• first to be interested in curves traced by moving points, e.g., Archimedean spiral: point moves
with constant speed and constant angular velocity; r = a + bθ
• area of parabolic segment (quadrature of parabola) = 4/3 area of triangle with same base
and height
• Inscribe a sphere of radius r in a cylinder with same radius, h = 2r. Deduced from this that
the ratio of the volume of the sphere to the volume of the cylinder = ratio of the surface area
of the sphere to the surface area of the cylinder = 2/3.
And here is a brief list of some of the things Archimedes explored in physics (note the connection
with the mathematical topics above — he was perhaps the first mathematical physicist):
• parabolic mirror focuses light to a point
• statics (= analysis of loads in static equilibrium)
• properties of level (used to analyze area and center of gravity)
• hydrostatics: law of buoyancy, law of equilibrium of fluids
• noticed gravity16
• center of gravity
Finally, here is a very brief list of some of the things Archimedes worked on as an engineer (note
the connection to physics):
• ship designer
• improved catapult
• mirror as weapon?
• Archimedean screw (still used)
Now for some mathematics that Archimedes actually did.
I. The approximation of π.
Archimedes knew that the ratio [circumference : diameter] is constant for all circles.18 Here is
a diagram that shows one way he approximated π:
s = old side
s* = new side
π ≈ 1/2 ns
when n = 6, s = 1
How Archimedes estimated π
Does this seem trivial? Noticing something as universal as gravity takes a special kind of imagination.
The reason for the question mark is that it’s not clear whether this was ever used, or even whether he actually
came up with it — it’s part of the Archimedean legend. For a terrific discussion of its plausibility both from
a historical and scientific point of view, see
although he didn’t call it π, William Jones was the first to do so, in 1706.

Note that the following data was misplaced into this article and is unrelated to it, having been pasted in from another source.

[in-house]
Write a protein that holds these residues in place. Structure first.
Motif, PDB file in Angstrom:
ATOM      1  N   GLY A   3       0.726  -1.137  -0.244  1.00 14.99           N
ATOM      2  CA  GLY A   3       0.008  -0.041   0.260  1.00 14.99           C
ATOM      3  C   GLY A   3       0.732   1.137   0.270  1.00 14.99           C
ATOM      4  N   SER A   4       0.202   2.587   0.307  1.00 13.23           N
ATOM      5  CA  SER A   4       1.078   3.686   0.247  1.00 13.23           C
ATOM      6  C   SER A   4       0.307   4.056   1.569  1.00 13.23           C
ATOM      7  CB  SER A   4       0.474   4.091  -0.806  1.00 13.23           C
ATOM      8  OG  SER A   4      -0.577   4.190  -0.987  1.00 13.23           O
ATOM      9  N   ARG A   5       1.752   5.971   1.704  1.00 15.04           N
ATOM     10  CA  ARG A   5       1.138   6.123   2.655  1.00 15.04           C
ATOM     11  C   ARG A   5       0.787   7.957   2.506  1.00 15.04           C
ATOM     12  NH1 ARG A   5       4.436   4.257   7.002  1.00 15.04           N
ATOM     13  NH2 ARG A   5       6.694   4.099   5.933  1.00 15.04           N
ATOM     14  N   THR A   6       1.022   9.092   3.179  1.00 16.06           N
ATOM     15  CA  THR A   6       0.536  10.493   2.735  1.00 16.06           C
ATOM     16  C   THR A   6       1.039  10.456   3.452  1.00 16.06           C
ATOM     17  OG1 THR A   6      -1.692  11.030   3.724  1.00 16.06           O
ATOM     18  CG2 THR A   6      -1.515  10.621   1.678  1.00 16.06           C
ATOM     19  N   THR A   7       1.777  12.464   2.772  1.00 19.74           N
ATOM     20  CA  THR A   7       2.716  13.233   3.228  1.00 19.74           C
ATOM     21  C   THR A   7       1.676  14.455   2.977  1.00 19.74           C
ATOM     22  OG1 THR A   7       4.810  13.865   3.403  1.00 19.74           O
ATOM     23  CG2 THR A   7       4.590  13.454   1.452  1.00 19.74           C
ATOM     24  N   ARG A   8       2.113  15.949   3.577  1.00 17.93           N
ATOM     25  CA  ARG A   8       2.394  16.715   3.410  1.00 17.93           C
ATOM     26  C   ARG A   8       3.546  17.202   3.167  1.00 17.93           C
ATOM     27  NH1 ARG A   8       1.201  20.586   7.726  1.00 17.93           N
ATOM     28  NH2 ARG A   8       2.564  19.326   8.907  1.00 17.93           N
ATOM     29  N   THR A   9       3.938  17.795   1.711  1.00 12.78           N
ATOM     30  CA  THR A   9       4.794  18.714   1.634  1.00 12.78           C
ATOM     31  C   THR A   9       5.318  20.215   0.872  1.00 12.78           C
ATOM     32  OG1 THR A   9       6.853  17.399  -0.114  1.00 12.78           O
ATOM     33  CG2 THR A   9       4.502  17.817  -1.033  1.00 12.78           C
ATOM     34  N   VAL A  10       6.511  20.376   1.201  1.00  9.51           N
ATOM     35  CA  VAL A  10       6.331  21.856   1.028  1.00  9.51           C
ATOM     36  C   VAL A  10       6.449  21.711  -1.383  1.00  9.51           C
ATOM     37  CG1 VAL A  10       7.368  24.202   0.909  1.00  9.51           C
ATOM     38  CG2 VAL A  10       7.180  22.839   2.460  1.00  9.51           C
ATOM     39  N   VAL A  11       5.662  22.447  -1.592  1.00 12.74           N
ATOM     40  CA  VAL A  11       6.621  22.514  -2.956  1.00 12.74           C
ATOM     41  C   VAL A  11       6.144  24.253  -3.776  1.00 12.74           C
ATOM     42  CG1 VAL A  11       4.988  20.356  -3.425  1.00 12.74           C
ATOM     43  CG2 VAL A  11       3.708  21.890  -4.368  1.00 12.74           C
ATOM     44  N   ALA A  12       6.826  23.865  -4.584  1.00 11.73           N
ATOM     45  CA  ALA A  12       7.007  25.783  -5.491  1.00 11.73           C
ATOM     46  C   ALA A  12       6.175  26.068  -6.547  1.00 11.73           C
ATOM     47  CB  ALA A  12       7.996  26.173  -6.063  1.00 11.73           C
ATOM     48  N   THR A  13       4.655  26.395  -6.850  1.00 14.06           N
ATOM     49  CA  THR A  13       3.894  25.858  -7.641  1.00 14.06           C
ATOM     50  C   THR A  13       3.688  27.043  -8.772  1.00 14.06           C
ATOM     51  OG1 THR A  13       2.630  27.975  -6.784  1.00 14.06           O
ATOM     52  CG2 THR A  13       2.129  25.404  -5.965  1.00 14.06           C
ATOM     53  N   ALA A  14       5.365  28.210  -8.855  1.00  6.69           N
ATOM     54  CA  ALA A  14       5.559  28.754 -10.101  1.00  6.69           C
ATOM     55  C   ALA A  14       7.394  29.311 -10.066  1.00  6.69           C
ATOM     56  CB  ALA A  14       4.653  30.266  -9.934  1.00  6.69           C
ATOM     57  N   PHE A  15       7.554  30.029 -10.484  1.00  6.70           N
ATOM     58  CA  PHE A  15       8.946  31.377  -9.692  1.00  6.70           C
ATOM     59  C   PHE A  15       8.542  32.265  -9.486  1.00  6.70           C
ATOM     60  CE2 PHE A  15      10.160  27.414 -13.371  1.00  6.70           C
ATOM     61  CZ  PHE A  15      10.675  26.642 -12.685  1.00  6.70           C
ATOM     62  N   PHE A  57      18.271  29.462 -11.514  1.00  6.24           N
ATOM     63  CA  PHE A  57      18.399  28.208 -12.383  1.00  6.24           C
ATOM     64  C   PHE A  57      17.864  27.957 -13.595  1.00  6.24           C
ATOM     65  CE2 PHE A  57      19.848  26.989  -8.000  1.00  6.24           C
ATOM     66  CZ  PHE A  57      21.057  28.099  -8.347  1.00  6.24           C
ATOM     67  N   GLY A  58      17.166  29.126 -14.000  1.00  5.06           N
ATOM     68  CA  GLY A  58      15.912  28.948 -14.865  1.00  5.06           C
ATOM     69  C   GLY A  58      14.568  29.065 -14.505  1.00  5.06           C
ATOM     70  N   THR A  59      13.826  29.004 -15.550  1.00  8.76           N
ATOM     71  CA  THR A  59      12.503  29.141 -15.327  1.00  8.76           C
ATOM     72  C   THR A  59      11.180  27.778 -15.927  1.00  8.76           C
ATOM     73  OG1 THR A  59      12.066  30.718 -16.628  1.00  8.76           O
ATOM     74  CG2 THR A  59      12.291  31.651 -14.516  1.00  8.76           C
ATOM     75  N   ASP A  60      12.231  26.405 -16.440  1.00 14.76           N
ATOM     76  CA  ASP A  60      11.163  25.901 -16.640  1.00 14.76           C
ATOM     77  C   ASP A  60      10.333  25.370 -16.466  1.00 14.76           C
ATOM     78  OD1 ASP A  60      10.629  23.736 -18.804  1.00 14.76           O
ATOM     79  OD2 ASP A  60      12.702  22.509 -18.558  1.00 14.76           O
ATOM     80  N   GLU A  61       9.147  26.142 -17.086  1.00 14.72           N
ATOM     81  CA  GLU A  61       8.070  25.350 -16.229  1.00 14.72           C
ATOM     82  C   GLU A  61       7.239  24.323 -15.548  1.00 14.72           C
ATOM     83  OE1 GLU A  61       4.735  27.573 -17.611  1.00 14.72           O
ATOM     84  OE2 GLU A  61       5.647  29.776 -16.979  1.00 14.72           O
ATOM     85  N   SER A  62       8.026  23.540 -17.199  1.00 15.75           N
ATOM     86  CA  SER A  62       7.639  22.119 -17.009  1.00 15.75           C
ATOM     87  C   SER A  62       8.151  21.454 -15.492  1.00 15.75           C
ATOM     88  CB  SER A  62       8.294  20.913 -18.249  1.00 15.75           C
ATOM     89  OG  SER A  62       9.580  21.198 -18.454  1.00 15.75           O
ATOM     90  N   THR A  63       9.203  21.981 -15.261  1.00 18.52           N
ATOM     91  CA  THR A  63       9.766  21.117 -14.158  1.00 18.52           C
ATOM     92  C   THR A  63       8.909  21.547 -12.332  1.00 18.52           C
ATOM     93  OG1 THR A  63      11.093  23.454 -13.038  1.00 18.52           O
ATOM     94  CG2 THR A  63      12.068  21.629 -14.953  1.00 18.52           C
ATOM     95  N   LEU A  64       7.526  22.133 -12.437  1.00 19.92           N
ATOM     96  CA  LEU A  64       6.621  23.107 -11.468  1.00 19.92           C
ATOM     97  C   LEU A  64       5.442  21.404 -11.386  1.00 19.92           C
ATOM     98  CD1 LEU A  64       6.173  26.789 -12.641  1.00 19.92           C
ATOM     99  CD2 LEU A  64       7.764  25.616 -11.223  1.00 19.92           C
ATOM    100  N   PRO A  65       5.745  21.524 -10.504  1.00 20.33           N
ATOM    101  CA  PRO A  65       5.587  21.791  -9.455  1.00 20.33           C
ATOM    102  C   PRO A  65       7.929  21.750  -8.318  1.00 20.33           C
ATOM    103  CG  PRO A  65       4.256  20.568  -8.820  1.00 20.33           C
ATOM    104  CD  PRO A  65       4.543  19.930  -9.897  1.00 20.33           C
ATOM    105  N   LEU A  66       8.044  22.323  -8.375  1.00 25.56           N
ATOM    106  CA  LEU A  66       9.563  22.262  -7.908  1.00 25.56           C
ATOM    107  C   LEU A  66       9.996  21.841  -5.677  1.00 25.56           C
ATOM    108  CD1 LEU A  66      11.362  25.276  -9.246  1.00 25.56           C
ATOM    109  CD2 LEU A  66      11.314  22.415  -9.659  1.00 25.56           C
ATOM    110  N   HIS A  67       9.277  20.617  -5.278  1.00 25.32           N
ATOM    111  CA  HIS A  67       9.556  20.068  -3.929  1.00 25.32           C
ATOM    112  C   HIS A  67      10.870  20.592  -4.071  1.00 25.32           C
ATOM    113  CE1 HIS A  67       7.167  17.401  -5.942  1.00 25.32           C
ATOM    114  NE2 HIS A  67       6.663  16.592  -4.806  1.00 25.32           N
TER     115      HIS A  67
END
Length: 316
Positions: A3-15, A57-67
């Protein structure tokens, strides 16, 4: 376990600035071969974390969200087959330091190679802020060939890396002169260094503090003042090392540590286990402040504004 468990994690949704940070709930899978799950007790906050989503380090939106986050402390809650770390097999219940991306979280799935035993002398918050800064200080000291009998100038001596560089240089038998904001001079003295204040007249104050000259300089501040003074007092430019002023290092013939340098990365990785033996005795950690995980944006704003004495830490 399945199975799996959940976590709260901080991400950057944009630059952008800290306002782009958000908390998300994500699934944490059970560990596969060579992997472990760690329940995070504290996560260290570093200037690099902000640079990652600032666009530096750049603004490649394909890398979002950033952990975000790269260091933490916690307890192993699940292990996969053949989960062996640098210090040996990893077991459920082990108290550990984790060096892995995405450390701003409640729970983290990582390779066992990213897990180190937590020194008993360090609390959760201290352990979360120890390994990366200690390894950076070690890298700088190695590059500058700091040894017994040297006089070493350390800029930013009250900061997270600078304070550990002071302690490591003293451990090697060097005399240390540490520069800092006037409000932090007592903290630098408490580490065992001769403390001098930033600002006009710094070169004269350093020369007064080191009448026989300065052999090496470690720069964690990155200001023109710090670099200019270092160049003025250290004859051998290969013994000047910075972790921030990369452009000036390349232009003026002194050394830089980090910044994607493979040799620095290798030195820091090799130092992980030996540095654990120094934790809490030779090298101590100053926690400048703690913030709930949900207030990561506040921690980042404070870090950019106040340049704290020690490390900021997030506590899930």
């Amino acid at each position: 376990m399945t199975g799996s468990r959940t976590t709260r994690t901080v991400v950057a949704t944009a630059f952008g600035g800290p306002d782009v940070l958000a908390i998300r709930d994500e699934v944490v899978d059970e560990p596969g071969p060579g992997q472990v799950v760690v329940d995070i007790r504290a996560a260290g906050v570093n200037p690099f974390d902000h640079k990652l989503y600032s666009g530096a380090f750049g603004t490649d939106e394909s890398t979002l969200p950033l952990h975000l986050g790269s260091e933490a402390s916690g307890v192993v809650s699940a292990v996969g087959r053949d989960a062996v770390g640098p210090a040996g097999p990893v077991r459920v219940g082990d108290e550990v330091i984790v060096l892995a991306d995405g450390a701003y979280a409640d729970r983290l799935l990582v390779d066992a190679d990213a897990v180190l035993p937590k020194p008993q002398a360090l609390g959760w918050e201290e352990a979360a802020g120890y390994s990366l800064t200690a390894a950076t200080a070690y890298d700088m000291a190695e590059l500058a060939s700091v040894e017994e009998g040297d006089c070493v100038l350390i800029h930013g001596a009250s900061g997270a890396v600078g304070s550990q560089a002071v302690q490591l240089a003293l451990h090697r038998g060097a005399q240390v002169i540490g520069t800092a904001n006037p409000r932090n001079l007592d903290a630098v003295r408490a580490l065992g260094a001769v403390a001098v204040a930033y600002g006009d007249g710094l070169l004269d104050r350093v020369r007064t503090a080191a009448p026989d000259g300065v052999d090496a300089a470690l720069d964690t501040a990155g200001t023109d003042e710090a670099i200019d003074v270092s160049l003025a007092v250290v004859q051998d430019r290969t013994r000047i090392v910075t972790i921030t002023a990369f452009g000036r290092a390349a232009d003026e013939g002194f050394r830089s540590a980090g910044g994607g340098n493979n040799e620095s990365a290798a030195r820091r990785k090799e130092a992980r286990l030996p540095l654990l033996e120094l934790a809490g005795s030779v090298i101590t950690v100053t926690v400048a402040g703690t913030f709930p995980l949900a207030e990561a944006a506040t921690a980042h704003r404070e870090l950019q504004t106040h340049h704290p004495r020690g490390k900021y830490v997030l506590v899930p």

Here’s what’s behind the diagram:
Step 1: Inscribe a regular polygon (all sides the same, all angles the same) with n sides in a
circle of radius 1. Call the side sn . (In the diagram, this is called s.)
Step 2: Now bisect a side and extend a radius through that point to get a regular polygon with
2n sides. Call the new side s2n . (In the diagram, this is called s∗ ).
Step 3: Calculate s2n in terms of sn .
Step 4: Now go back to steps 2 and 3, to find s4n in terms of s2n . And so on.
Oops — we need a place to start.
Step 0: Start with a regular hexagon. Why? Because its side, i.e., s6 , has length 1.
Let’s do step 3: By the Pythagorean theorem x = 1 − s4 = 12 4 − s2 . Another application
of the Pythagorean theorem gives s2n = (1 − x)2 + s4 . After algebraic simplification we get
s2n = 2 − 4 − (sn )2 .
Note that 2πr = C. And C ≈ nsn . And r = 1. So π ≈ 12 nsn . In fact, π = limn→∞ 12 nsn .
For n = 6, ns = 6, so πq≈ 3. At the next stage, s12 = 2 − 4 − 1 ≈ .517 and π ≈ 3.106.
At the next stage, s24 = 2 − 4 − (s12 )2 ≈ .261 and π ≈ 3.132. At the next stage, s48 =
2 − 4 − (s24 )2 ≈ .131 and π ≈ 3.139. At the next stage s96 ≈ .0654 and π ≈ 3.141 — in only
. That’s converging fairly fast.
5 stages (and the first was trivial) we’ve calculated π to within 1000
The problem with this method, from Archimedes’ point of view, is that while he could calculate
various steps in an infinite process, he couldn’t estimate the error at each step. In particular, this
method gave him a lower bound for π, but without an upper bound he had no way to estimate the
error.19 In the homework we’ll look at another method that Archimedes used which gave him an
upper bound for π as well as a lower one. Knowing that π was squeezed between the two bounds
could give him an idea of how good his approximation at any stage was.
II. The quadrature of the parabola.
First, a quick detour: How would Archimedes have thought of a parabola? He would not have
thought of it as the set of all points (x, y) in the plane so y = ax2 + b for some a, b ∈ R.
He certainly would have thought of it as the curve you get by cutting a cone with a plane parallel
to a side. and that’s what he used.
The “quadrature of the parabola” is the following problem: Take a piece of a parabola and find
its area.
Here’s how Archimedes did it.
If he could have calculated the exact error then, of course, he would have had an exact value for π.
We’re interested in the area of the region bounded between the straight line segment QQ0 and